Individuals with a low risk appetite, who want an insurance cover, which will also give them returns on maturity could consider buying traditional endowment plans.
Such plans invest most of their monies in corporate bonds, G-secs and the money market. The return that an individual can expect on such plans should be in the 4%-7% range as given in the illustration below.
The maturity amounts shown above are at the rate of 10% as per company illustrations. Returns calculated by the company are on the premium amount net of expenses.
Taxes as applicable may be levied on some premium quotes given above.
Individuals are advised to contact the insurance companies for further details.
A variant of endowment plans are child plans and money back plans. While they may be presented differently, they still remain endowment plans in essence. Such plans purport to give the individual either a certain sum at regular intervals (in case of money back plans) or as a lumpsum on maturity. They fit into an individual's tax planning exercise provided that there exists a need for such plans.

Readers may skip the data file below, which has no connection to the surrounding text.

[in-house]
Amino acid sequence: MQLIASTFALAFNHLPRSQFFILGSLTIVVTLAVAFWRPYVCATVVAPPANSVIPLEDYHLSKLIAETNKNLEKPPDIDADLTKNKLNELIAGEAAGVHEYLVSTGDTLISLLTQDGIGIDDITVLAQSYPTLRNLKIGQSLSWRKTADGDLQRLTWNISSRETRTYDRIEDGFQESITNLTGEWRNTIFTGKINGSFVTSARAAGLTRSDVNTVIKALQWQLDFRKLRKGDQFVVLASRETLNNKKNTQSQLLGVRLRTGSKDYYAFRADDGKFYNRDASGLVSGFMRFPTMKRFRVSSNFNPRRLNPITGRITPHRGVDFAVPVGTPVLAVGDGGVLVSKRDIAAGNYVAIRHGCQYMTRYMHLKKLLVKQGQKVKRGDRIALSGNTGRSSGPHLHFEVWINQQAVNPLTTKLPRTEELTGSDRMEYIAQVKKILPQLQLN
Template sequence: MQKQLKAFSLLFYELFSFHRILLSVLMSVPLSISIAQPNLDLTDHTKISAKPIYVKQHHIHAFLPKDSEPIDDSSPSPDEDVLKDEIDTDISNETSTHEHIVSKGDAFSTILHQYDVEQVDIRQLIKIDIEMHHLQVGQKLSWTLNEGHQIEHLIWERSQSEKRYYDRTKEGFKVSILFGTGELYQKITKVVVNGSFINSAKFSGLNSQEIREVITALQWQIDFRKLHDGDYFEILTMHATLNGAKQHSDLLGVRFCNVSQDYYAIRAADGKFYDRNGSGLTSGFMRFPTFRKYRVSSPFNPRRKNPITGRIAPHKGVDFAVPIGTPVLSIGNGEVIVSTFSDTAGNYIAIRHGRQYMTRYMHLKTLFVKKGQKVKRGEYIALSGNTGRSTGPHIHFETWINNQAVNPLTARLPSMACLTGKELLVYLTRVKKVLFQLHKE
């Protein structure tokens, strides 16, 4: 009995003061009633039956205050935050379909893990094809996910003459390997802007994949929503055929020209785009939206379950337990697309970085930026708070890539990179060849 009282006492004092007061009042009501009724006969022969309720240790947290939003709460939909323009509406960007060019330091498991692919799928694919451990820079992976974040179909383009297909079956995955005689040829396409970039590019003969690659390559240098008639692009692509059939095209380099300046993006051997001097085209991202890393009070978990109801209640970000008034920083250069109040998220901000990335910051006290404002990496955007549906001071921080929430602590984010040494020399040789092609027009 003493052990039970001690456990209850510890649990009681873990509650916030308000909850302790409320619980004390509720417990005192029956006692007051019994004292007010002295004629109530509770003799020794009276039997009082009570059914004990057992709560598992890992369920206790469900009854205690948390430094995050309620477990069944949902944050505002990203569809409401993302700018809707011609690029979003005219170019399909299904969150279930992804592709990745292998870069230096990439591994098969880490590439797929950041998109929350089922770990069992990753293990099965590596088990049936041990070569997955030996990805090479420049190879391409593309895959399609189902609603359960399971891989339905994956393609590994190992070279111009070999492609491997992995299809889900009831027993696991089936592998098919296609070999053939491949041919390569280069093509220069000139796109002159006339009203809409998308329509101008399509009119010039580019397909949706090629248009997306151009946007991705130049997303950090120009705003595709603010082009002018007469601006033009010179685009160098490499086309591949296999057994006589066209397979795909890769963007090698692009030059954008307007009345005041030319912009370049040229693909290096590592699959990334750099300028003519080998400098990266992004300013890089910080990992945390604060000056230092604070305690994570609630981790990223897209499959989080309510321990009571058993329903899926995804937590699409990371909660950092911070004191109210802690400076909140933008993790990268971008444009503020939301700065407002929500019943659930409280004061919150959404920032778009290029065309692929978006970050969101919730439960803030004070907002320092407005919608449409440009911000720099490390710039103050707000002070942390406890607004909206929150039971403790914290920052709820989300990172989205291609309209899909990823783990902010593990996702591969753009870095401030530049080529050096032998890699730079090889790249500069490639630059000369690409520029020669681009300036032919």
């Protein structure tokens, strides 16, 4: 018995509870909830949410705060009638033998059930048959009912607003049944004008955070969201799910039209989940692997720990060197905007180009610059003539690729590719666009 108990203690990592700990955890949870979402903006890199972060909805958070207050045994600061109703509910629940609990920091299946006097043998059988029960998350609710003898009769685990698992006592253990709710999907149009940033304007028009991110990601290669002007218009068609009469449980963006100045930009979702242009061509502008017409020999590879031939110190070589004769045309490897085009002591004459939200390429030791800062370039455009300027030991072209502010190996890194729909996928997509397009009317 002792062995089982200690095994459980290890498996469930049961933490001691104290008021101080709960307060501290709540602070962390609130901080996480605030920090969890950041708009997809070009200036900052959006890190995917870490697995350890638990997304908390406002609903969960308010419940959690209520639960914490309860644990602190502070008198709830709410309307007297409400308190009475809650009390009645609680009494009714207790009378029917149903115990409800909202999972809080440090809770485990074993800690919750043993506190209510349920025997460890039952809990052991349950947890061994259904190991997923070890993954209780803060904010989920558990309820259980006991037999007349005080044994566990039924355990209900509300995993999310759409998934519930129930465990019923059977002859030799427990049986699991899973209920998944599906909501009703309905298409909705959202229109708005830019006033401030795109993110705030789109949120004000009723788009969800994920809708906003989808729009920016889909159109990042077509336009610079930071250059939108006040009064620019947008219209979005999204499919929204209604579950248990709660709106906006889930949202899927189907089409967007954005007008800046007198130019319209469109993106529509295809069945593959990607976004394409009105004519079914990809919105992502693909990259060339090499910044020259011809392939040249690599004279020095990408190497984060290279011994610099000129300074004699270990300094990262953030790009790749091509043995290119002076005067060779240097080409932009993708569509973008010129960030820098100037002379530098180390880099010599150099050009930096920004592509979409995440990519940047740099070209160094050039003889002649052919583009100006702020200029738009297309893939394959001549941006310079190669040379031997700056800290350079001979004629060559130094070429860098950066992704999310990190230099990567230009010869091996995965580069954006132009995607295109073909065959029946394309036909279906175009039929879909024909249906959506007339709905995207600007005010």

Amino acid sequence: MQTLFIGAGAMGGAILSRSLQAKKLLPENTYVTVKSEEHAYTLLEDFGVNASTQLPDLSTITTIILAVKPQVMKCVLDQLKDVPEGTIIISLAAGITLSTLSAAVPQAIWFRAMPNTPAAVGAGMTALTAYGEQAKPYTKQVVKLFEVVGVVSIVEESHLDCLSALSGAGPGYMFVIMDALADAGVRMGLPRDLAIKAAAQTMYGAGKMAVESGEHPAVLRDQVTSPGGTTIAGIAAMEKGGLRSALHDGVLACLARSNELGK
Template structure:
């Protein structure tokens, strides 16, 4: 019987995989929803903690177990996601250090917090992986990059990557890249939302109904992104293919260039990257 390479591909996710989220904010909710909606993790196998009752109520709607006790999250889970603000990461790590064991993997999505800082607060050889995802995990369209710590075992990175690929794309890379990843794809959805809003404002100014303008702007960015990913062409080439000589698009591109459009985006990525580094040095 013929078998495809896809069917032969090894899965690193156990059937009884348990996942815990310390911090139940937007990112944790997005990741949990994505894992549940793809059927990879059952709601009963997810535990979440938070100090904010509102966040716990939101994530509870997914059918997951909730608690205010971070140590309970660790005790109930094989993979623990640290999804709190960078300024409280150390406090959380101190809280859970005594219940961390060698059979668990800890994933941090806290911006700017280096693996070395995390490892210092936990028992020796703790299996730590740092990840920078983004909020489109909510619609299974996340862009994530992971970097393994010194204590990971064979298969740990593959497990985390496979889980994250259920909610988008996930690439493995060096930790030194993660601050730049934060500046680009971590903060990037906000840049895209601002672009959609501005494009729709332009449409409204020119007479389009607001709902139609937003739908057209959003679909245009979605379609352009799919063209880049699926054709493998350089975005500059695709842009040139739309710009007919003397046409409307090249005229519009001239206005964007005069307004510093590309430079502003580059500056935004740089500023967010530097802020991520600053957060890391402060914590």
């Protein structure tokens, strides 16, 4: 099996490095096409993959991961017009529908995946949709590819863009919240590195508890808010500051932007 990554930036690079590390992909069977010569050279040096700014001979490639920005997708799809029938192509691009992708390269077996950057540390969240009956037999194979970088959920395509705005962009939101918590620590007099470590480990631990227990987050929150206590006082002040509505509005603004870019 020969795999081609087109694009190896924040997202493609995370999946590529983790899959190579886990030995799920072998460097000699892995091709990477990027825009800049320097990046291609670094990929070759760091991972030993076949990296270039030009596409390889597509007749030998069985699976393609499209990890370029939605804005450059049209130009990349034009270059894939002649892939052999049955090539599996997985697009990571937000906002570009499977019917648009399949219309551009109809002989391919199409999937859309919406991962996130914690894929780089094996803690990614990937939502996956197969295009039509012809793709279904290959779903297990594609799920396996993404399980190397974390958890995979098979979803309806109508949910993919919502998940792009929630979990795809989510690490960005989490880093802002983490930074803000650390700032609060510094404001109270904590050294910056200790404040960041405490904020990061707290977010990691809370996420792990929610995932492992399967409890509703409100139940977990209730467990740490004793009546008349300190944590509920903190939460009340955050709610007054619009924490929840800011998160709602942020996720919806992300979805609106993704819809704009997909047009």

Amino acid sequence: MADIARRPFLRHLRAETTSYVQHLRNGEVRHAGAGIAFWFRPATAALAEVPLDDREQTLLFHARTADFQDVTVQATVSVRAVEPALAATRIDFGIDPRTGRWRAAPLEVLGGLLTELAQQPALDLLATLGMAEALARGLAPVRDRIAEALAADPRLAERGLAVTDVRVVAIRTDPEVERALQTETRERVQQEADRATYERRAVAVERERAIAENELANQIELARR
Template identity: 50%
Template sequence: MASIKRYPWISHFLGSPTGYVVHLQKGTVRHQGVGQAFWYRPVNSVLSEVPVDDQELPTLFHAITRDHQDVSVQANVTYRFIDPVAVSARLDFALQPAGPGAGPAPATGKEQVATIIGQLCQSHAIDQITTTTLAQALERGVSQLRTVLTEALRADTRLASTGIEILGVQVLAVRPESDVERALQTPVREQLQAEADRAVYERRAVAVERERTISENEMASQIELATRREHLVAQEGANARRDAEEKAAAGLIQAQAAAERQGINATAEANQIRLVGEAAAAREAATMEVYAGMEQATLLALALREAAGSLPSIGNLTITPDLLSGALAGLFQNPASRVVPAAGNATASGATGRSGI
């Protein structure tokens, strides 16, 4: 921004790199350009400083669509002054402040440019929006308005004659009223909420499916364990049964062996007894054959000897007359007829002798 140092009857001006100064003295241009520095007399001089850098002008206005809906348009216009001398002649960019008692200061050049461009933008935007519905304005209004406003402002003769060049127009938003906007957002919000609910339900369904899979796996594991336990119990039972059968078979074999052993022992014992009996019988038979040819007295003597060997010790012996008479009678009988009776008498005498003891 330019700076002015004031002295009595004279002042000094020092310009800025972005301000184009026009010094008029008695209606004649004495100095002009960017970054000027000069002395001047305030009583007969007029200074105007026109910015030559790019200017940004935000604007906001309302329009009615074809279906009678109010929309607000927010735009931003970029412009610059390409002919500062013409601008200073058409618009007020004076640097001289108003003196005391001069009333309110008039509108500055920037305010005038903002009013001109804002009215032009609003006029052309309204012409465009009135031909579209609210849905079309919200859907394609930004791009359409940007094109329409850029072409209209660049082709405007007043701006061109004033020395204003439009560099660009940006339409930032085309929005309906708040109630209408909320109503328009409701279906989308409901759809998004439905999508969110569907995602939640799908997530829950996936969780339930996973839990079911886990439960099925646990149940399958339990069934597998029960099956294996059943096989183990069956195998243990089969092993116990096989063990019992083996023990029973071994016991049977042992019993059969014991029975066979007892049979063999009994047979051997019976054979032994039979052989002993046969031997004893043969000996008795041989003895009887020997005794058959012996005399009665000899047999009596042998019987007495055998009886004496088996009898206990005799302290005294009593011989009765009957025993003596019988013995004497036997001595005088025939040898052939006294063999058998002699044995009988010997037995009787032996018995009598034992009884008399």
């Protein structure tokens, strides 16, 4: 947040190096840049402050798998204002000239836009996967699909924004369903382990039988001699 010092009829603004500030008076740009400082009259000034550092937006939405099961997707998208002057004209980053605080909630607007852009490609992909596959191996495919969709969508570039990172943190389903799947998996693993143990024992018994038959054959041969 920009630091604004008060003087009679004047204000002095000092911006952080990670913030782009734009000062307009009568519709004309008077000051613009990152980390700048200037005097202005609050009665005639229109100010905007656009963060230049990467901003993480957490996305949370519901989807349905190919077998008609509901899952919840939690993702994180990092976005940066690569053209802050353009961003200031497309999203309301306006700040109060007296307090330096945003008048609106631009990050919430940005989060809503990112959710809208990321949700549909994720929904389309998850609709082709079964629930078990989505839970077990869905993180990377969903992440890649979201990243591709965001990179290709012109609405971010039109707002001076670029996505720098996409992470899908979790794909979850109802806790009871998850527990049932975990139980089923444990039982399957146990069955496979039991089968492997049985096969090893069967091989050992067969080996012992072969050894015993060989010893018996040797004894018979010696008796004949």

Premiums paid on life insurance plans enjoy tax benefits under Section 80C subject to an upper limit of Rs 100,000. The tax benefit on pension plans is subject to an upper limit of Rs 10,000 as per Section 80CCC (this falls within the overall Rs 100,000 Section 80C limit).
The maturity amount is currently treated as tax free in the hands of the individual on maturity under Section 10 (10D).
To reiterate, individuals should evaluate their needs first and then build a life insurance portfolio. In the tax planning exercise, the long-term financial goals should not be lost. Tax planning and financial planning should go hand in hand and help individuals face the good times as well as the adverse circumstances with élan.
*The tax benefits may differ under certain circumstances. They may also change in future. Please consult your tax advisor/ Chartered Accountant for further details.